Metabolic fatigue in resuscitators using personal protection equipment against biological hazard

  • Francisco Martín Rodríguez M.Sc, Ph.D. Professor, Centro de Simulación Clínica Avanzada. Facultad de Medicina. Universidad de Valladolid. Unidad Móvil de Emergencias Valladolid I, Gerencia de Emergencias Sanitarias de Castilla y León (SACYL). España. Email:
Keywords: Cardiopulmonary resuscitation, personal protective equipment, anaerobic threshold, containment of biohazards, stress, physiological.


Objective. To describe the effects of wearing individual protection equipment against biological hazard when performing a simulated resuscitation.

Methods. Uncontrolled quasi-experimental study involving 47 volunteers chosen by random sampling stratified by sex and professional category. We determined vital signs, anthropometric parameters and baseline lactate levels; subsequently, the volunteers put on level D individual protection equipment against biological hazard and performed a simulated resuscitation for 20 minutes. After undressing and 10 minutes of rest, blood was extracted again to determine lactate levels. Metabolic fatigue was defined as a level of lactic acid above 4 mmol/L at the end of the intervention.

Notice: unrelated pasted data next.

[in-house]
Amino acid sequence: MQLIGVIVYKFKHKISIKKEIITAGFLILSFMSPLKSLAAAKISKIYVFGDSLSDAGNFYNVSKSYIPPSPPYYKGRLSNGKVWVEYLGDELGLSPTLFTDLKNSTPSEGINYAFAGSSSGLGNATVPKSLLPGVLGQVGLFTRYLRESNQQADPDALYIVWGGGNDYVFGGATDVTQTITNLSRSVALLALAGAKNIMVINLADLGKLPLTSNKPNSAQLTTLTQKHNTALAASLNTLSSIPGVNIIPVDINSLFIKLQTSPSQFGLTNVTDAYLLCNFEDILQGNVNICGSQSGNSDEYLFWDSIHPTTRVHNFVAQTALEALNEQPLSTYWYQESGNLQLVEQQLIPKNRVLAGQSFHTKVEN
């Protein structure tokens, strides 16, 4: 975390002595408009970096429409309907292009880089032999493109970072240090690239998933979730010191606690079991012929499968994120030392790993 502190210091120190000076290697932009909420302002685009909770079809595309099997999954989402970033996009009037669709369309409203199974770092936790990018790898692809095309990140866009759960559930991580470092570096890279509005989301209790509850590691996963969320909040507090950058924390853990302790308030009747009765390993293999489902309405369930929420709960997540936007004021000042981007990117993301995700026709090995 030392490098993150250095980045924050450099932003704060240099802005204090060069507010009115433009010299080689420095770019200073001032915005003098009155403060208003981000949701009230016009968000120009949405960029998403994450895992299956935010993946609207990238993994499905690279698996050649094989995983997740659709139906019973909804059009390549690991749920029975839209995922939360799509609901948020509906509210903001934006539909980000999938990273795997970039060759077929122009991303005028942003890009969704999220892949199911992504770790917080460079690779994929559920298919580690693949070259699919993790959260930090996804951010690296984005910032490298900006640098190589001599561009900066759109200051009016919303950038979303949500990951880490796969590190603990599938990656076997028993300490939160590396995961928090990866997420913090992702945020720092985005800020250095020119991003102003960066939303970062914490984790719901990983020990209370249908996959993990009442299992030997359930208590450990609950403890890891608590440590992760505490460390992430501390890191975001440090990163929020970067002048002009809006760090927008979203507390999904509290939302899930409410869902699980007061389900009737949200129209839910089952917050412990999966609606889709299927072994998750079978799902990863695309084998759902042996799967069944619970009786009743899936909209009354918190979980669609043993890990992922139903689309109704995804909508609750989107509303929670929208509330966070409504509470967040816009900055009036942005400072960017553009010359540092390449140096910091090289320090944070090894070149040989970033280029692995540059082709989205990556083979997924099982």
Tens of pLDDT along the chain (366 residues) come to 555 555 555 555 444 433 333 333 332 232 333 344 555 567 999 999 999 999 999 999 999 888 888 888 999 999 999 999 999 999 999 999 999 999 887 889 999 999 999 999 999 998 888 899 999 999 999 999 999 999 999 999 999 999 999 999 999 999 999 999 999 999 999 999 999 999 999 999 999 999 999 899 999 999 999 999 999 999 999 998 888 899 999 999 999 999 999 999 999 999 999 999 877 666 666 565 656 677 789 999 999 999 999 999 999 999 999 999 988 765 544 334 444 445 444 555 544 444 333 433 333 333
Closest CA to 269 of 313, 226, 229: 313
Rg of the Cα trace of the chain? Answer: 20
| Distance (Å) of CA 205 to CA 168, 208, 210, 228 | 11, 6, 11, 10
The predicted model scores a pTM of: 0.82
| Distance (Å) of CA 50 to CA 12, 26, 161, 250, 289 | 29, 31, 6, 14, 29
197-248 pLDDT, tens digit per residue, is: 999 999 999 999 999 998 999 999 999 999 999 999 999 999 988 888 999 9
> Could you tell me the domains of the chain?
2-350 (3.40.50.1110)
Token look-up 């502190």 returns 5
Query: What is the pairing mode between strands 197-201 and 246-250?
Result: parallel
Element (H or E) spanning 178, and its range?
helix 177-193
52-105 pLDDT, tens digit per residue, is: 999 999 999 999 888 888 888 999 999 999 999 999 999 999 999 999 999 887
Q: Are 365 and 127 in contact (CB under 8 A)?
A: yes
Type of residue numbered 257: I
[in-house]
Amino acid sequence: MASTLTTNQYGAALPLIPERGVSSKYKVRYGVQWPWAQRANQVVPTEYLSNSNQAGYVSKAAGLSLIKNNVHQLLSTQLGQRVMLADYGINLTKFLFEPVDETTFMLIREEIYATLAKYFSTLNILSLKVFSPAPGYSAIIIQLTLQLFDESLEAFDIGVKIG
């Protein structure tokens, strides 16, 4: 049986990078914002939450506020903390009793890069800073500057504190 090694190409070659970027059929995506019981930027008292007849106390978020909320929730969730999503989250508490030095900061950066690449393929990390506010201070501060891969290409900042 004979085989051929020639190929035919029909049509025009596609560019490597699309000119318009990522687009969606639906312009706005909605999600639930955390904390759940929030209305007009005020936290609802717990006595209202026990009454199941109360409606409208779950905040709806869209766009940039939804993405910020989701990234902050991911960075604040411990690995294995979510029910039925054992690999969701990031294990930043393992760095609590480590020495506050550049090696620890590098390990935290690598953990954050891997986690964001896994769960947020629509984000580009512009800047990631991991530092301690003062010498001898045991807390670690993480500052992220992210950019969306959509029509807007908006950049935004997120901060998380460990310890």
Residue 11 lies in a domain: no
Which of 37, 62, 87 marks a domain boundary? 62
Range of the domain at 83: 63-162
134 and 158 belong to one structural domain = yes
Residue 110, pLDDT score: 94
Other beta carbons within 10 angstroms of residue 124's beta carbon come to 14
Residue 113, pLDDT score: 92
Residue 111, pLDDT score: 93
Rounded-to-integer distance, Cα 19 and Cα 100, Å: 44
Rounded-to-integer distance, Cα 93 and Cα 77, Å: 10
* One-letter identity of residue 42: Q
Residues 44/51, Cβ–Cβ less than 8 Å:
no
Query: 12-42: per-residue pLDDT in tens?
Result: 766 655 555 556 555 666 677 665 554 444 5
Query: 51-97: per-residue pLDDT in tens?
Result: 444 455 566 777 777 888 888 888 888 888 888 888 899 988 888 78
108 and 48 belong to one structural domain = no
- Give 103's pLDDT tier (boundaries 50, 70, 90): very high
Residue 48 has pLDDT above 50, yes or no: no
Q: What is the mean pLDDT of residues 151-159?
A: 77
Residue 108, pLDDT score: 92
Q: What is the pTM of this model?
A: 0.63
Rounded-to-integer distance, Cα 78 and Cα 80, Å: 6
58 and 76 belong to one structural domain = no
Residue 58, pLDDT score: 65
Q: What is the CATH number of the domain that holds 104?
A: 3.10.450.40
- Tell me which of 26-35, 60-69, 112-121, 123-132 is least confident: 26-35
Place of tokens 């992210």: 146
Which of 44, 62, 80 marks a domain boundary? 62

Results. 25.5% of the participants finished the simulation with an unfavorable metabolic tolerance pattern. The variables that predict metabolic fatigue were the level of physical activity and bone mass -in a protective formand muscle mass. People with a low level of physical activity had ten times the probability of metabolic fatigue compared to those with higher levels of activity (44% versus 4.5%, respectively).

Conclusion. Professionals who present a medium or high level of physical activity tolerate resuscitation tasks better with a level D individual biological protection suit in a simulated resuscitation.


How to cite this article: Martín-Rodríguez F. Metabolic fatigue in resuscitators using personal protection equipment against biological hazard. Invest. Educ. Enferm. 2019; 37(2):e04

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How to Cite
Rodríguez, F. M. (2019). Metabolic fatigue in resuscitators using personal protection equipment against biological hazard. Investigación Y Educación En Enfermería, 37(2).